Thursday, 28 August 2014

Burnt Black Suns

Simon Strantzas is one of an abundant crop of Canadian horror writers who emerged over the last ten to fifteen years. Burnt Black Suns falls squarely into the modern horror genre (if I'm any judge, which I may not be). The overall tone is somewhat grim, but there are a few touches of humour - and indeed absurdity. Indeed, at times I was genuinely unsure whether Strantzas is offering 'straight' contemporary horror or a satirical commentary upon it. But perhaps that's the point?

'Thistle's Find', for instance, is a grisly little story in which the narrator - a typical pulp fiction low-life seeking sanctuary - discovers that the eponymous mad scientist has build a strange portal. Something has come through this trans-dimensional door, and without giving too much away it sums up why a lot of horror fiction puts me off. It manages to be wholly incredible as a story, and at the same time rather unpleasant.

'Emotional Dues' is a more sophisticated take on the body horror theme, with an artist unwisely trying to cut out the middle man and sell his paintings directly to a shadowy collector.The collector, it transpires, does more than simply gloat over his purchases... A problem I had with this one is that it feels as if two very different stories have been bolted together. One is a pulpy tale of a strange, grotesque entity and its bizarre needs, the other concerns the source of an artist's creativity. Arguably, one idea informs the other, but for me they merely seemed to get tangled to no good purpose.

Several stories show Lovecraft's influence. 'On Ice' is an almost straight Mythos tale, in which a scientific expedition to an Arctic island find more than they bargained for. There are some powerful passages, but it is somewhat undermined by the impression that these are Hollywood movie scientists and nothing like the real thing. A similar problem besets 'One Last Bloom', in which a deep sea expedition finds alien life. All good fun for the Arkham academics.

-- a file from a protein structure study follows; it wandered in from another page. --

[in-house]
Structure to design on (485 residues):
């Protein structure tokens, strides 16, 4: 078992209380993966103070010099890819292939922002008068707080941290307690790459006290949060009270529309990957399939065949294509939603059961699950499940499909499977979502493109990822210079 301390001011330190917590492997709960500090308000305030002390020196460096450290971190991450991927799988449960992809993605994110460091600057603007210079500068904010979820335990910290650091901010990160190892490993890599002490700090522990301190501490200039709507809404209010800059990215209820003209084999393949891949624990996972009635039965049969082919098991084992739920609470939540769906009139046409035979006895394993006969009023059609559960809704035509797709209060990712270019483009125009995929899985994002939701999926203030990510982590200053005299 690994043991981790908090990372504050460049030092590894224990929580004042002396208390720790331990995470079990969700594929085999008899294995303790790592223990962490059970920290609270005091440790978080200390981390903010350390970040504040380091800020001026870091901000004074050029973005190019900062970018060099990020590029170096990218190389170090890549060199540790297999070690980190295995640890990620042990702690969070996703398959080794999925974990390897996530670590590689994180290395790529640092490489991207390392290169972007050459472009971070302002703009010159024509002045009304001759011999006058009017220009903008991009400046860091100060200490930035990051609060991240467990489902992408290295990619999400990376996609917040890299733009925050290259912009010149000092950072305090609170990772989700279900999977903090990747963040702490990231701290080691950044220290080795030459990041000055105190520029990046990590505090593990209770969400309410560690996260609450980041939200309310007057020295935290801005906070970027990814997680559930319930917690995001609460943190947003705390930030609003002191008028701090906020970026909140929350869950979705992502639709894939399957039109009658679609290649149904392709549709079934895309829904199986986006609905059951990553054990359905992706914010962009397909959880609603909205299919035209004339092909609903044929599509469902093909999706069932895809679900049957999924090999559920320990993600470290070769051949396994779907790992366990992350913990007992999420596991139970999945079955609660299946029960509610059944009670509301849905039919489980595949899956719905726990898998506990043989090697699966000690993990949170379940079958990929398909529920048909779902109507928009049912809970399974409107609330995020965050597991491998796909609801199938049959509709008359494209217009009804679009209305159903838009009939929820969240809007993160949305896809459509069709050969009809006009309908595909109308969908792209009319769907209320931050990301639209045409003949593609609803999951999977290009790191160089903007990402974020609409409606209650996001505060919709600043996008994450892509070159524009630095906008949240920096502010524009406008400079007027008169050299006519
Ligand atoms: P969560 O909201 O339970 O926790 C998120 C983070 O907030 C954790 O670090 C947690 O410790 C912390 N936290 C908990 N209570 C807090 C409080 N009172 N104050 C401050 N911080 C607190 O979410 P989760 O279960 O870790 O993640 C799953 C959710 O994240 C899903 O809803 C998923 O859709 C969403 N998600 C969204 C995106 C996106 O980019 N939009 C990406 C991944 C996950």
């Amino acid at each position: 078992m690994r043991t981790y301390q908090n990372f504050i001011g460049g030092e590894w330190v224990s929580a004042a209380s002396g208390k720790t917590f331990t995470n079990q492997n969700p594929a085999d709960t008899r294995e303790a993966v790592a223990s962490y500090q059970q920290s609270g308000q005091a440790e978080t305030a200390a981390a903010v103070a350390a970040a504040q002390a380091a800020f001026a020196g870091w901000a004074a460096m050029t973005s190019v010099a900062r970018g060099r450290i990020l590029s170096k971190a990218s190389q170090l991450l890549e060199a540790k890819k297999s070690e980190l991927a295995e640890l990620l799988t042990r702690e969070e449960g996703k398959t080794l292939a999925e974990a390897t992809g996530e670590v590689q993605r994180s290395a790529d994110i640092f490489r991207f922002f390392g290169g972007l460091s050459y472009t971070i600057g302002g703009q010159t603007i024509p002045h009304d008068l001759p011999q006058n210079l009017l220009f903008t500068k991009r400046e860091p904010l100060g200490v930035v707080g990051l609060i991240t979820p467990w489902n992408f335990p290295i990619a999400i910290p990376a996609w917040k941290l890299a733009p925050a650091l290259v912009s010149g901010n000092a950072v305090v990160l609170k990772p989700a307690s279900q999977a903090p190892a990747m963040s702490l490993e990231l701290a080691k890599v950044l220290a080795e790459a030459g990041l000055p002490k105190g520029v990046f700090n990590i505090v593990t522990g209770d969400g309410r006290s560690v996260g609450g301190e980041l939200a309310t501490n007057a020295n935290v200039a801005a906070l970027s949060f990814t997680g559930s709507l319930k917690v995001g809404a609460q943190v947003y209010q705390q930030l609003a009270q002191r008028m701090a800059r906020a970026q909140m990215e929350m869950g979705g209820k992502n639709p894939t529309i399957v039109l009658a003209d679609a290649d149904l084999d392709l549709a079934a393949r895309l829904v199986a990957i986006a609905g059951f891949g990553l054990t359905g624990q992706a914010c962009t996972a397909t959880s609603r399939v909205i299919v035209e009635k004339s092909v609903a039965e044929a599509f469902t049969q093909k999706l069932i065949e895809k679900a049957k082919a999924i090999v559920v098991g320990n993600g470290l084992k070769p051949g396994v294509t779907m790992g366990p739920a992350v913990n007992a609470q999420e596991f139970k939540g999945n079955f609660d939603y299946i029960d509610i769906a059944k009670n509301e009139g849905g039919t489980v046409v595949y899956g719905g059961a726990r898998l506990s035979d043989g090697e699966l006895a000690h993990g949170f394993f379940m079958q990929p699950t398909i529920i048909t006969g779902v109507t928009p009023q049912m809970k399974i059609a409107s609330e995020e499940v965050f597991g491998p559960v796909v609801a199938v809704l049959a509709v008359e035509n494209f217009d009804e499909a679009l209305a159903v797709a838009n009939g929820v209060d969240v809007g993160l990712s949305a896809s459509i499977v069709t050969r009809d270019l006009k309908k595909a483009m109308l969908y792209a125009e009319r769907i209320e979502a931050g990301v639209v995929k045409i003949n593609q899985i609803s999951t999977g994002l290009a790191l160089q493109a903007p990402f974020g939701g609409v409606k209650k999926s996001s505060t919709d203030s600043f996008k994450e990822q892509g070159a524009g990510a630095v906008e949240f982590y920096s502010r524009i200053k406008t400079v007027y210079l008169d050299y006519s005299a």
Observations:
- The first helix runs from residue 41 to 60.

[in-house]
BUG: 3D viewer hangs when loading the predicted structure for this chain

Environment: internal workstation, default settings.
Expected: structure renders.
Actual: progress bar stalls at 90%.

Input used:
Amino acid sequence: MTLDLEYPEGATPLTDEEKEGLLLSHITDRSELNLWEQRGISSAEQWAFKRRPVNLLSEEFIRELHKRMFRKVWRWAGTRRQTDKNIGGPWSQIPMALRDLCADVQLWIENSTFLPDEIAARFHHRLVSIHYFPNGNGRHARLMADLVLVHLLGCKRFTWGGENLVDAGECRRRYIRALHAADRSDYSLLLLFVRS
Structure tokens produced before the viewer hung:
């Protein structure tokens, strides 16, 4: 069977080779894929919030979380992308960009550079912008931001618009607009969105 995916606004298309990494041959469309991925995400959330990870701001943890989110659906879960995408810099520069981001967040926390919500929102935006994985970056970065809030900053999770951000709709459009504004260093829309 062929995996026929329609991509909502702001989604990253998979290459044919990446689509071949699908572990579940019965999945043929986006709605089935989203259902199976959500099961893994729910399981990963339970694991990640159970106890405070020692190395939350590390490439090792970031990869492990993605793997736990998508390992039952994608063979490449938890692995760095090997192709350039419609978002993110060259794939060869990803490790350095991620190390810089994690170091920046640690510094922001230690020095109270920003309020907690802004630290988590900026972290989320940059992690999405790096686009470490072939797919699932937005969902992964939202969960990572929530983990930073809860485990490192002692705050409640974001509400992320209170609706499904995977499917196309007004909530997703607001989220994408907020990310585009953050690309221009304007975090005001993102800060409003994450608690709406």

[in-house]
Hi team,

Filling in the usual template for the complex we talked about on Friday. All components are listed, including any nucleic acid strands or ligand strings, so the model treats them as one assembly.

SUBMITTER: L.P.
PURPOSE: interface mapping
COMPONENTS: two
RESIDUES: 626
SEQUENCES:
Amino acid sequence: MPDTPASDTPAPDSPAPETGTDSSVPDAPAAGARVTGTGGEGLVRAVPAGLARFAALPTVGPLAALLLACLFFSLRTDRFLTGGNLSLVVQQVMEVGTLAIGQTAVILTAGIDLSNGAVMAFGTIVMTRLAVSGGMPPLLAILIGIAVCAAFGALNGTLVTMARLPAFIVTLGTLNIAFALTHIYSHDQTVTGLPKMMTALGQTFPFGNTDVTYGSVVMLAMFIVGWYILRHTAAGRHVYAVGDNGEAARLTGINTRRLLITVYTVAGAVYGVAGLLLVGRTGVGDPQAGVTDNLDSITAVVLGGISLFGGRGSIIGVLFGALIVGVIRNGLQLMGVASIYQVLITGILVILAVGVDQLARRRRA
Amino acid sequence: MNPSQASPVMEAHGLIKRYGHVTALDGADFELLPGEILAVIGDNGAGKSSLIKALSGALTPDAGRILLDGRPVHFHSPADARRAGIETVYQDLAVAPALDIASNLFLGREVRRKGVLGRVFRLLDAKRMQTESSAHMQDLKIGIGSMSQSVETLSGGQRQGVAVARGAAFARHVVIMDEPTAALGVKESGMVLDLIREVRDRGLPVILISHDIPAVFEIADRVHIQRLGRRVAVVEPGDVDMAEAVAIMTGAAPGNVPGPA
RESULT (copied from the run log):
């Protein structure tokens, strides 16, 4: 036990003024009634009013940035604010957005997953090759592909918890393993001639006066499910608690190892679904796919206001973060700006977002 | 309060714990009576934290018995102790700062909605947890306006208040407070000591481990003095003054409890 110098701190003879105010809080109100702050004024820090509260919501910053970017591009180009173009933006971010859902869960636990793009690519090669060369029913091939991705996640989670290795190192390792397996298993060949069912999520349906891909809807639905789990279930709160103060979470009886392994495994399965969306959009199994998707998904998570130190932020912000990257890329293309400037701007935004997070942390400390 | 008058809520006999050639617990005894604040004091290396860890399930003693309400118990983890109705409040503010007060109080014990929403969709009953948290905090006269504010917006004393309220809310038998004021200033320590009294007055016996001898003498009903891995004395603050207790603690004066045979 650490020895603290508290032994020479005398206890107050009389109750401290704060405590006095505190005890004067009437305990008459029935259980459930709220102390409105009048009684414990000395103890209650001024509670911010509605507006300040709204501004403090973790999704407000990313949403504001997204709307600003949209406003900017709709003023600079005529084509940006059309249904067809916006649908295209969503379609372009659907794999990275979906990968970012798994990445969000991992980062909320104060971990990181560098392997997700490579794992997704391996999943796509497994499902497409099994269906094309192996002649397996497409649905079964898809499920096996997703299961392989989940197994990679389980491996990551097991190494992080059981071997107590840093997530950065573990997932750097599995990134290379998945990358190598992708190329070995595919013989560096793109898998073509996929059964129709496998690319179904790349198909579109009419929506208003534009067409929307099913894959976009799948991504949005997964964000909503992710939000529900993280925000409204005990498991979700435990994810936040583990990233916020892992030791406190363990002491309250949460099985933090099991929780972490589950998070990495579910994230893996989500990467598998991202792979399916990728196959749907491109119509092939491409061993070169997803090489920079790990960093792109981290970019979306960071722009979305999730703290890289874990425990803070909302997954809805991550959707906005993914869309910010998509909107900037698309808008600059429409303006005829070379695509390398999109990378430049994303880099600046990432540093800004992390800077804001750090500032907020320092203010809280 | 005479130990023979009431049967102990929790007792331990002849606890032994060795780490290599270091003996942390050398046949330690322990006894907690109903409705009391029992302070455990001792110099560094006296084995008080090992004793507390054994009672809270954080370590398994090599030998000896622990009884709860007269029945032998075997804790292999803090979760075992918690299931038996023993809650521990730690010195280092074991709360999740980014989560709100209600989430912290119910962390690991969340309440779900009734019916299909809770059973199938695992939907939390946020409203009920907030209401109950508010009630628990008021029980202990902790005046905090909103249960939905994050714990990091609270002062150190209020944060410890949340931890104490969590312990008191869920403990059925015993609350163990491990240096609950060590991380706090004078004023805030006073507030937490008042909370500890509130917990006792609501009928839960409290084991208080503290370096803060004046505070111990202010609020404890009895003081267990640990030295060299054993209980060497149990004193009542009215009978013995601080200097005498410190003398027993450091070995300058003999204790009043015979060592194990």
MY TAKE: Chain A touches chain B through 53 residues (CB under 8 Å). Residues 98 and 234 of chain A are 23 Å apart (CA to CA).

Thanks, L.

Altogether different is 'By Invisible Hands'. It has a whiff of Ligottian fantasy about it, with its tale of a puppet maker recruited to perform one last job. It works as horror because the nightmare situation is dramatised rather than explained, leaving the reader unsure as to how much of it is real and how much the product of a mind that has forgotten what humanity is like.

'Strong as a Rock' also recalls he author's earlier fiction. Here two brothers embark upon an ill-advised climb, and one is injured. The reasons for the climb - a way of bonding and overcoming grief over bereavement - become interwoven with the strange events at the hospital where they seek help. There is a genuine sense of disorientation, here - the horror of a world that we can pretend makes sense, but which falls apart under stress, as do we.

'Burnt Black Suns', a novella that closes the collection, is also powerful. A man sets out (long-suffering, pregnant girlfriend in tow) to find his ex-wife, who absconded with their son. The quest takes them to a Mexican town where the locals follow a strange hybrid of the Aztec and Christian faiths. The atmosphere is well-evoked, as is the protagonist's selfish, blinkered obsession with his son. The grand finale is suitably overwhelming, and bizarre enough to be a genuine religious experience - something few horror writers can manage.

I preferred the earlier collections Cold to the Touch and Beneath the Surface - get them if you can. But Burnt Black Suns has plenty to offer, and I suspect that its sheer diversity means that most readers will find something to satisfy them.

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